Learning from the Past | What We’re Reading

Time to go to prison, read to the kids, rumble with the Socs and Greasers, and pick a family with the School Library Journal/LJ staffers this week.

Orange Is the New BlackMahnaz Dar, Associate Editor, Reviews, SLJ
I just finished reading Orange Is the New Black (Random), Piper Kerman’s memoir, which spawned the Netflix original series of the same name—and which I’m loving! Kerman’s book isn’t quite as good as the TV series (the author’s not quite as self-aware as the TV show’s creator and show runner, Jenji Kohan, who uses the series to gently mock the protagonist’s sense of privilege), but it’s still an interesting read.
As usual, this prompted me to do some binge-reading of the Internet, such as a New Yorker piece about neglect at a prison where parts of season two of OITNB was filmed, New Yorker pop culture critic Emily Nussbaum’s analysis of the show (and Louie!), the New York Times “Modern Love” column that Kerman’s now-husband, Larry Smith, wrote about the situation in 2010, and an interview at Rookie with Laverne Cox, who plays Sophia Burset, a transgender hairstylist. Go, Orange!

Lucky UsFrancine Fialkoff, Library Consultant/Editor, LJ
Amy Bloom’s latest novel, Lucky Us (Random), which I just finished reading, lives up to all its hype, including BookExpo America’s Librarians Shout ‘n’ Share and the August LibraryReads. It’s short, funny, powerful—set in pre– and post–World War II, an era I’m fascinated by, mostly in L.A. and Great Neck, NY, with a smidge of London and Germany. It’s structurally intriguing as well, with longer reminiscences from younger sister Eva interspersed with snippets and letters from other leading characters—older sister actress Iris, smart, tough-minded Gus. I love the description in LibraryReads: “Is a family something you are born to, or the people who you find along the way.” In this case, it’s a fascinating amalgam, with much more of the latter. I totally agree with Janet Maslin (she reviewed it for the New York Times), who said the perfection of its first sentence will become a staple of high school English classes: “My father’s wife died. My mother said we should drive down to his place and see what might be in it for us.”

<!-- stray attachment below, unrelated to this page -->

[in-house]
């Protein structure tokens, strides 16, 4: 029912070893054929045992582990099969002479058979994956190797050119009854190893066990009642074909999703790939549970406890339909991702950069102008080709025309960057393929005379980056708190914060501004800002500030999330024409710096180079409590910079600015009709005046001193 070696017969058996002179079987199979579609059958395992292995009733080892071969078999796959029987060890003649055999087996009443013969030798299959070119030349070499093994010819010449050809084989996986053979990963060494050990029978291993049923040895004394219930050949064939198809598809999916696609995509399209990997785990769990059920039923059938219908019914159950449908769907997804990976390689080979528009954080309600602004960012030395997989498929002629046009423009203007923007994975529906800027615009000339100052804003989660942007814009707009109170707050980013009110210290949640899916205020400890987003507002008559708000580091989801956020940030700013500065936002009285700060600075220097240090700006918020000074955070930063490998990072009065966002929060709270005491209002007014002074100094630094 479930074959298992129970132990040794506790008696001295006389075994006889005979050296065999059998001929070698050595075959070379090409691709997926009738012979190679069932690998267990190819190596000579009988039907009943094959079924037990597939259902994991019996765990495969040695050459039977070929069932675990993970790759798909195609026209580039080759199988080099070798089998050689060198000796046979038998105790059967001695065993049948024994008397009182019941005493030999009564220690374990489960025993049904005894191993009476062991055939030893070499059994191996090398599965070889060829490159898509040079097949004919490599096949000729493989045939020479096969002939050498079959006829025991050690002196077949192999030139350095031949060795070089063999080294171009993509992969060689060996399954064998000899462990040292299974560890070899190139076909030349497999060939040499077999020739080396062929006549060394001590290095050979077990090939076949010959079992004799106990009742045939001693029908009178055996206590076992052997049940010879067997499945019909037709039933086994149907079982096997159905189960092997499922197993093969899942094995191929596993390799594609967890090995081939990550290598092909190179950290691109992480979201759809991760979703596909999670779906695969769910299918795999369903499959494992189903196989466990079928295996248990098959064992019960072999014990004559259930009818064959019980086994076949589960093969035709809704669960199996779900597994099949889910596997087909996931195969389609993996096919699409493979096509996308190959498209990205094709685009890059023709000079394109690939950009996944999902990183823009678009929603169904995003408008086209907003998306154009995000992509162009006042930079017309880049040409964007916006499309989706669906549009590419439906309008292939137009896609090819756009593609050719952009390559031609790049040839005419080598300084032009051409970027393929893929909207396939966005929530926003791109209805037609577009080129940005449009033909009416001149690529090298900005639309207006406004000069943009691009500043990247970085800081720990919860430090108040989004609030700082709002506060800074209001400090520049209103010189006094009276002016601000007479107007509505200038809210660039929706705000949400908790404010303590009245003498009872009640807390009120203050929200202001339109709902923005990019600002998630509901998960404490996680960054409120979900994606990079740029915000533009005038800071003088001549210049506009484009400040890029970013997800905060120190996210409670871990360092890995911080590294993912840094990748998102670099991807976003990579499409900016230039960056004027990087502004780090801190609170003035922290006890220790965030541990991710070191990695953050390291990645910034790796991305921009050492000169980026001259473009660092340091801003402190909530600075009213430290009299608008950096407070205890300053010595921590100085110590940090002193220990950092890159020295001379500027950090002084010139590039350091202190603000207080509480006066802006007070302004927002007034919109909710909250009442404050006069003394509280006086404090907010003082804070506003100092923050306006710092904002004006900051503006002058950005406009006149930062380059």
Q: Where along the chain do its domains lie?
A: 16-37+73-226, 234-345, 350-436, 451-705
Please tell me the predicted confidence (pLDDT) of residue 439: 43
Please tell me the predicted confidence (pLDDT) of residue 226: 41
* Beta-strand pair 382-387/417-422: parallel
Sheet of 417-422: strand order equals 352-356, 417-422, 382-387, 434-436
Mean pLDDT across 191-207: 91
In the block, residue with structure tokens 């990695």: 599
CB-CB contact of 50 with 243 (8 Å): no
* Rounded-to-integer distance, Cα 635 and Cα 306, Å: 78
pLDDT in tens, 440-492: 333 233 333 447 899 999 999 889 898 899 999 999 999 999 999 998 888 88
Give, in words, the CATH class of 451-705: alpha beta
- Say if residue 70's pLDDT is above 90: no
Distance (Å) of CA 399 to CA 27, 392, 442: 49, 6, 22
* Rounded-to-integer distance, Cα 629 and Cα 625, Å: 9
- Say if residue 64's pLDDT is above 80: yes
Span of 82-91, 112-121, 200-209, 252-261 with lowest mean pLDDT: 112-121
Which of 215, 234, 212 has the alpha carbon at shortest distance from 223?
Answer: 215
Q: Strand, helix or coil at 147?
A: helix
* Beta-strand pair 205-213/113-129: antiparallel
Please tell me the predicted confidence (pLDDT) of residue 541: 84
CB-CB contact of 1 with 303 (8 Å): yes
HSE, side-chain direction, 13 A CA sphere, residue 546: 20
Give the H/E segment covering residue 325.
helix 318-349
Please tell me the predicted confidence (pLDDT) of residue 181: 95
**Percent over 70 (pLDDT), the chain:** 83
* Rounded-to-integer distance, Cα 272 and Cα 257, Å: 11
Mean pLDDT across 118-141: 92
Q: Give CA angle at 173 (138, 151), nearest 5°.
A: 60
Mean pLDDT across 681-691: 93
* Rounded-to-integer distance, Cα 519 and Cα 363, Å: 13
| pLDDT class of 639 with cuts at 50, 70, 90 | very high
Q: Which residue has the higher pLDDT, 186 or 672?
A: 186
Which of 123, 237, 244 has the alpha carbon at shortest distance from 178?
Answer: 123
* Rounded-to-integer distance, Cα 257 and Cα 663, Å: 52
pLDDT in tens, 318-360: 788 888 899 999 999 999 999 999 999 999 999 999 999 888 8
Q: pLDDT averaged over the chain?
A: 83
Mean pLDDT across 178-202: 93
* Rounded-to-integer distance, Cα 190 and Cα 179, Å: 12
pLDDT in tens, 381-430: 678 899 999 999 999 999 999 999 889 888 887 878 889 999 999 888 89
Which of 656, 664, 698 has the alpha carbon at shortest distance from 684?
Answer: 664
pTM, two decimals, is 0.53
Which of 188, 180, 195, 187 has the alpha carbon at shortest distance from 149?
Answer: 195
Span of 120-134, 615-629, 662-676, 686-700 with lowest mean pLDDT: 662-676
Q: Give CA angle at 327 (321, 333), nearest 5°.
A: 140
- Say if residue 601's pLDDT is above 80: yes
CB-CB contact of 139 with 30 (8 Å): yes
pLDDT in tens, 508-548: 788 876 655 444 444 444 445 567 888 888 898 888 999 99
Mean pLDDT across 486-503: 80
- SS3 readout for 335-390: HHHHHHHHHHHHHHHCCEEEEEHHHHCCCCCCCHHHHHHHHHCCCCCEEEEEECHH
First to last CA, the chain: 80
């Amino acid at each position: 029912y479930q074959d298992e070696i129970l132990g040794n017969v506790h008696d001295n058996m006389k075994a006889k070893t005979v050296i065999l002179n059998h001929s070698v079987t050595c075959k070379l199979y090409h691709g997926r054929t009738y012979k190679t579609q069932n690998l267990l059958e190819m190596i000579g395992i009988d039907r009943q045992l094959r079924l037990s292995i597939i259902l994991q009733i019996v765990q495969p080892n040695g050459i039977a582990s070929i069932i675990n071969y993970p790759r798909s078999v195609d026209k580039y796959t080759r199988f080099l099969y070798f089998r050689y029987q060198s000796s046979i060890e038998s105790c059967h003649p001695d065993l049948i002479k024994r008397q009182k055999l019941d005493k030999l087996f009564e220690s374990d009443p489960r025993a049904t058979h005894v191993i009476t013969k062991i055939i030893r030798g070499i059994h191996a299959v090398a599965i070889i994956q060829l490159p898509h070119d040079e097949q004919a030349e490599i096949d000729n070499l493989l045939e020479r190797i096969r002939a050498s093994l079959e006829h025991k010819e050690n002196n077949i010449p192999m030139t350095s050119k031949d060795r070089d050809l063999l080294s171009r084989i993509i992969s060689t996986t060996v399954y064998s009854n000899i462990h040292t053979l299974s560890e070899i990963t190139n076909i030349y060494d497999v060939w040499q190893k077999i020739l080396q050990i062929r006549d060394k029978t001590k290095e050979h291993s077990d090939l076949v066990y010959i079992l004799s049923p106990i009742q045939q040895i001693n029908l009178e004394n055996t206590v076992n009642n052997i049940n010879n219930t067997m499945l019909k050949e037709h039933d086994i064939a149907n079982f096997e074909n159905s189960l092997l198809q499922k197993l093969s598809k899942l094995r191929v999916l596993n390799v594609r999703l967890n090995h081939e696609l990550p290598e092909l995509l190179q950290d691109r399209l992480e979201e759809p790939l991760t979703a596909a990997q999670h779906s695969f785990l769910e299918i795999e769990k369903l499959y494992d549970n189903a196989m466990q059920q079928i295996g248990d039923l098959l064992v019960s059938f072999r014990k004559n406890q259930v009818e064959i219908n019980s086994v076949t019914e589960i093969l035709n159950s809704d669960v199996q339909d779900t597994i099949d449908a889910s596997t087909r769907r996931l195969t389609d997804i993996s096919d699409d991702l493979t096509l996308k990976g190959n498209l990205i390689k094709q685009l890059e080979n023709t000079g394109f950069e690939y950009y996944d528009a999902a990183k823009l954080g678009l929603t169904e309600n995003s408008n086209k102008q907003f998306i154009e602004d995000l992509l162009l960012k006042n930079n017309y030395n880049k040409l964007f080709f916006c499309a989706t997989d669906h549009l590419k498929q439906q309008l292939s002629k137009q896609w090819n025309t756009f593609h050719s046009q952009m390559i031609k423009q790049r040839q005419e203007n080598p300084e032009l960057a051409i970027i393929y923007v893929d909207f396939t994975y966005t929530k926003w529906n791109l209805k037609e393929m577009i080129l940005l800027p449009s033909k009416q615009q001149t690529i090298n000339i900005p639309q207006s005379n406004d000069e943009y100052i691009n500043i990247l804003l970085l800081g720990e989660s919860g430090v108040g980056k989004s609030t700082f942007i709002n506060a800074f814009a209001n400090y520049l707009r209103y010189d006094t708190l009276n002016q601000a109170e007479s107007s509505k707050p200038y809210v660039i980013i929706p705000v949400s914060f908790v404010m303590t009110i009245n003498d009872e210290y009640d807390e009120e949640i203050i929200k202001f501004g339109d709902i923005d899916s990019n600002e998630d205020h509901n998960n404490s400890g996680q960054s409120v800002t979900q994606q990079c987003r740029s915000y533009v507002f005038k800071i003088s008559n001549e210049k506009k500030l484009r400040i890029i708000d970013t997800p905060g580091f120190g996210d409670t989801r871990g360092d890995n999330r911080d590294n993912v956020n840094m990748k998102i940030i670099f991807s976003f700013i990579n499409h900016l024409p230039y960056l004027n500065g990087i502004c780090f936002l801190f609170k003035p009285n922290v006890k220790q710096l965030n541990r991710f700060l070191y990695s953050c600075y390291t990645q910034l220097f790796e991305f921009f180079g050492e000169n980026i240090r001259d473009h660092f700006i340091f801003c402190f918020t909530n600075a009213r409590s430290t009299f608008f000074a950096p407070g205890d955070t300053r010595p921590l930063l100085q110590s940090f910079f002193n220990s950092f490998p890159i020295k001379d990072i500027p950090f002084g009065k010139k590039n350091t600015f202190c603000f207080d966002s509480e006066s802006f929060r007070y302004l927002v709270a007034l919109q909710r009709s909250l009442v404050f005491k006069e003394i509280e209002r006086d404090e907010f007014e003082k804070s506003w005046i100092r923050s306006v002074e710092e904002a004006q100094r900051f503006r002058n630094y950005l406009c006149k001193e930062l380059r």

The OutsidersLiz French, Senior Editor, Reviews, LJ
I’m traveling in the past again, as I often do. This particular past is my coworker Kate’s: I’m reading what she calls her “seventh-grade copy” of S.E. Hinton’s The Outsiders (Puffin). Can you say “late to the party?” That’s me. Of course I’ve heard lots of good things about The Outsiders, which Hinton wrote when she was 16 (it shows, but charmingly), and Francis Ford Coppola made into a movie in 1983 (panned at the time, it’s become a cult classic, starring a lot of future biggies like Matt Dillon, Tom Cruise, Diane Lane, C. Thomas Howell, Ralph Macchio, Rob Lowe, and Patrick Swayze).

I’m betting most of you who read this column already knew this. I’m trying not to be adult-scrutinizey-critical while reading the book, but sometimes I have to put it down for a bit, take a wee break. Then I start missing it and hop on back into Outsiderland. Next I’m going to check out the movie—Kate mentioned an outdoor screening in a New York park this month. Maybe after that I’ll see if she has an “eighth-grade” copy of Hinton’s other classic, Rumble Fish (also made into a Coppola film, also a big cult fave—but you knew that, didn’t you, rumblers?)

The Hello, Goodbye WindowEtta Verma, Editor, Reviews, LJ
My portion of this column should be called “What We’re Reading, and Rereading, and….” My three-and-a-half-year-old son has latched onto (the luckily wonderful) The Hello, Goodbye Window (Hyperion) with text by Norton Juster (The Phantom Tollbooth) and images by Chris Raschka (a Caldecott medal winner for A Ball for Daisy). The book follows a little girl’s stay at her grandparents’ house, where the kitchen window introduces all kinds of delights—through it, you can say hi to Nanna and Poppy before you even get into the house; you and Poppy can make funny faces at your reflection in the window when it’s dark; and you can see who’s coming to visit. Henry, for some reason, is fascinated by the picture of the queen who’s one of the visitors, and we turn to that page again, and again, and….

As well as enjoying the sweet story, and of course the cuddle time allowed by bedtime reading, working parents will appreciate the subtle but reassuring message that even when Mommy and Daddy go to work (which they do at the beginning of the book), they come back (near the end). This book has more text per page than many picture books, and I’m finding it a good transition work for my son, who up till this obsession was only willing to sit still for shorter titles. And it’s so beloved in our house that my turning-ten-this-week daughter is even enjoying overhearing the rereadings, as it was a favorite of hers when she was the same age (sniffle).

Liz French About Liz French

Library Journal Senior Editor Liz French edits nonfiction and women's fiction reviews at LJ and also compiles the "What We're Reading" and "Classic Returns" columns for LJ online. She's inordinately interested in what you're reading as well. Email: efrench@mediasourceinc.com, Twitter: @lizefrench